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The must-do’s of a new Helpdesk transition

The expected goals of your new Helpdesk solution can be many. You may want to reduce the number of incoming requests or improve the resolution time for those requests. Increase your operational efficiency, the efficiency of your resources or your service levels. You could also want to extend your Helpdesk to the complete infrastructure of your business or site to improve client satisfaction.

Those objectives usually come from the deficiencies or from the elements to improve from your old Helpdesk solution, usually pointed out by your users. When performing a change, it is important to try and improve on those elements but also consider the strengths of your old solution. You want to avoid gaining something on one side and losing something else on the other side.  

How can you reach all of those objectives as efficiently as possible? That’s not easy since some of those objectives may not require you to move in the same direction as others to reach them and improve your Helpdesk. How do you harmonize everything?

How to choose your new Helpdesk?

Before you pick a new solution, you'll need to work to establish a concrete plan and analyze what your Helpdesk needs exactly. You should describe the functionalities you want and the expected integration of your current processes. Ideally, you should base yourself on ITIL's best practices for that step.

Once that is done, you can establish selection criteria for your Helpdesk. You can determine your choice based on flexibility, implementation time, licensing model (on-premise or SaaS), cost or the provider’s credentials.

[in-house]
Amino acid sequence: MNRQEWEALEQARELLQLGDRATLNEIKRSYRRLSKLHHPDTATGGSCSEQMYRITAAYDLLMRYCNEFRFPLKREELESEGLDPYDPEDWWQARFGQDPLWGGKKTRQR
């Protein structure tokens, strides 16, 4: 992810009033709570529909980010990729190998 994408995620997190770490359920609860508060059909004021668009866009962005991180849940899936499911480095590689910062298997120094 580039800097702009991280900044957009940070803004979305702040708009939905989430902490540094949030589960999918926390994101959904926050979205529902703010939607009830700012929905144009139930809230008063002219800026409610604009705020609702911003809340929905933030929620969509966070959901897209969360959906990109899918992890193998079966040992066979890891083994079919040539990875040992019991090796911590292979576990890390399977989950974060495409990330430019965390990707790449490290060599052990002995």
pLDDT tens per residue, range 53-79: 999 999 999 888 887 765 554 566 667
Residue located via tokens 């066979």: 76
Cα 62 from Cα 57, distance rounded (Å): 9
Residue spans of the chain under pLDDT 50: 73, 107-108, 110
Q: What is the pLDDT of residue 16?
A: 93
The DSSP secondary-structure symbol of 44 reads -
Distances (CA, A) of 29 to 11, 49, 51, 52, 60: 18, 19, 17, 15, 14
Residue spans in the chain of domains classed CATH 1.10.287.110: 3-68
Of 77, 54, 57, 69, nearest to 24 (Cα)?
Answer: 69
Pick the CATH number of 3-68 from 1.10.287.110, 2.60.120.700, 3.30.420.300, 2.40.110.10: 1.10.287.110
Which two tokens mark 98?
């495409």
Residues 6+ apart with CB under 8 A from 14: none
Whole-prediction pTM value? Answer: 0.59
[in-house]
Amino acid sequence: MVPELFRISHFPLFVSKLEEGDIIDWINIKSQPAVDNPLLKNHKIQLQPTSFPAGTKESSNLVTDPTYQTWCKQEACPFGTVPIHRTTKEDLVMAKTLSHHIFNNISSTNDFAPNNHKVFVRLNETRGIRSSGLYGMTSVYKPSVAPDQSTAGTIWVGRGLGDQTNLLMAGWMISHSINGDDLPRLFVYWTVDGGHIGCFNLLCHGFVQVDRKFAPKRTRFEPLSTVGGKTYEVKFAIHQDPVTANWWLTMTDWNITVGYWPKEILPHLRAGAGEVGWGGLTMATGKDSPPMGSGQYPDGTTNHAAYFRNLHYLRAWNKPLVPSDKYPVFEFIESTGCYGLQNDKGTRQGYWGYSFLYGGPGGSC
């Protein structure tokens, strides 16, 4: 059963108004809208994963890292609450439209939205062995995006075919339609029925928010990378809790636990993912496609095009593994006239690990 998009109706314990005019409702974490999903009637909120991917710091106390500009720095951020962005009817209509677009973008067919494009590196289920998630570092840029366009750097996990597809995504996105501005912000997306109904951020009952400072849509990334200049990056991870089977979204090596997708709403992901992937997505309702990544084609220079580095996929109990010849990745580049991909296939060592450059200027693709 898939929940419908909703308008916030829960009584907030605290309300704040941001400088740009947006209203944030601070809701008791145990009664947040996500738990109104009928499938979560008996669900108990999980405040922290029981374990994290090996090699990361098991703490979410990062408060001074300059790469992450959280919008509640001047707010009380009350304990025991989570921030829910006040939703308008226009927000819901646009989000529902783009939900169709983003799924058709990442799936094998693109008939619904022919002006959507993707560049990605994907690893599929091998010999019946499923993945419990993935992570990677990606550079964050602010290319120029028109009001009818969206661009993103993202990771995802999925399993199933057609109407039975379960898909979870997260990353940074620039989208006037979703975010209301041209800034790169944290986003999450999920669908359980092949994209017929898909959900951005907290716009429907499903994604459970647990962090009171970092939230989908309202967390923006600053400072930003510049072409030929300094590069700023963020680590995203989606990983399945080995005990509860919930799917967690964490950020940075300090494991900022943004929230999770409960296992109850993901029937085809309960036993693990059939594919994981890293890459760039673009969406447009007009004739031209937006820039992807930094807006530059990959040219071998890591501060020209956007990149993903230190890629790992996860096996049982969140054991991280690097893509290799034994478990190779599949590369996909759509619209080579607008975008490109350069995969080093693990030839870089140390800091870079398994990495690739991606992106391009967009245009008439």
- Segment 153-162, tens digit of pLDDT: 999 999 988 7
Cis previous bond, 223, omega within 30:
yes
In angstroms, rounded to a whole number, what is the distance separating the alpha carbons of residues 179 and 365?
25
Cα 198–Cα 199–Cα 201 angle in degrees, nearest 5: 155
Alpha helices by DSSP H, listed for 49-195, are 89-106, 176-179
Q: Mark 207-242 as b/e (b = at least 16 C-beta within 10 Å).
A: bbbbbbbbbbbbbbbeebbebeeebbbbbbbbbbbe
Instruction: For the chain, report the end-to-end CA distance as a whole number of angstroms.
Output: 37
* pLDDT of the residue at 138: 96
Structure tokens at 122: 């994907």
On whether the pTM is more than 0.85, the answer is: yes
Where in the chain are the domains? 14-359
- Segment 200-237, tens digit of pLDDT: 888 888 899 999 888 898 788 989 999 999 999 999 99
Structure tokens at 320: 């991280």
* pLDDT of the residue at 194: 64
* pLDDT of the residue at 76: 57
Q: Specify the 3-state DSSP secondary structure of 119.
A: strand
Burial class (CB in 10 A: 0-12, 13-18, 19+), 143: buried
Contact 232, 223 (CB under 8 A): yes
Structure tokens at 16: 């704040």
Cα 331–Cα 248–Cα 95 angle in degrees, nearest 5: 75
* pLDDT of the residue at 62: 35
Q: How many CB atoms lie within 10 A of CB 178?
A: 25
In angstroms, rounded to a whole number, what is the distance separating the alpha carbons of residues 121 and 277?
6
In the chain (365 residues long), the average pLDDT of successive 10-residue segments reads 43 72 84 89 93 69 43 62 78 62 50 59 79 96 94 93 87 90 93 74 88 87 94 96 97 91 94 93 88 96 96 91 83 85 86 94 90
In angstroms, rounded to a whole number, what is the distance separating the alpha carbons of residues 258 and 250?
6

Among all the options available on the market, there are ITSM solutions that can answer your needs, no matter what your objectives are.

Advantages of using an ITSM tool

An ITSM tool is, by definition, a complete solution. There are elements such as a Knowledge base, Business Rules, workflow, Incidents and Problems management, SLAs and KPIs.

Therefore, ITSM solutions are far more useful than a simple ticketing tool. With the integration of multiple elements, it can be used in multiple instances and not only for the IT department. You could use it for HR, for the hiring process of a new employee, for example, or to manage the deliveries of a transport department.

Additionally, those extra functionalities allow for the user to be more proactive, which you can take advantage of by implementing a self-service portal in your Helpdesk. Users can go into the knowledge base to find the solution to their specific issue. This prevents resources from drowning under a heavy flow of requests.

The limits of an ITSM solution depend on you and on how far you are willing to push the solution in your business.

Once chosen, how do you transition?

Once the solution is elected and the change approved. You'll now need to work on bringing this change into your business as smoothly as possible to avoid negative reactions to the change. To do so, the basic change management principle offers us some advice.

To reduce the resistance to change, you should start by announcing the change early on in the process and include your team in every step of the process. That way, they will feel more like actors of change than spectators.

The transition doesn’t have to be done in a single day as, well. Both systems can run in parallel until people are comfortable using the new system. Having the old helpdesk as a backup also helps for the user's peace of mind, which can always go back to it if something wrong occurs.

Finally, keep the communications channels open so that any inquiry is answered, better preparing your team for future change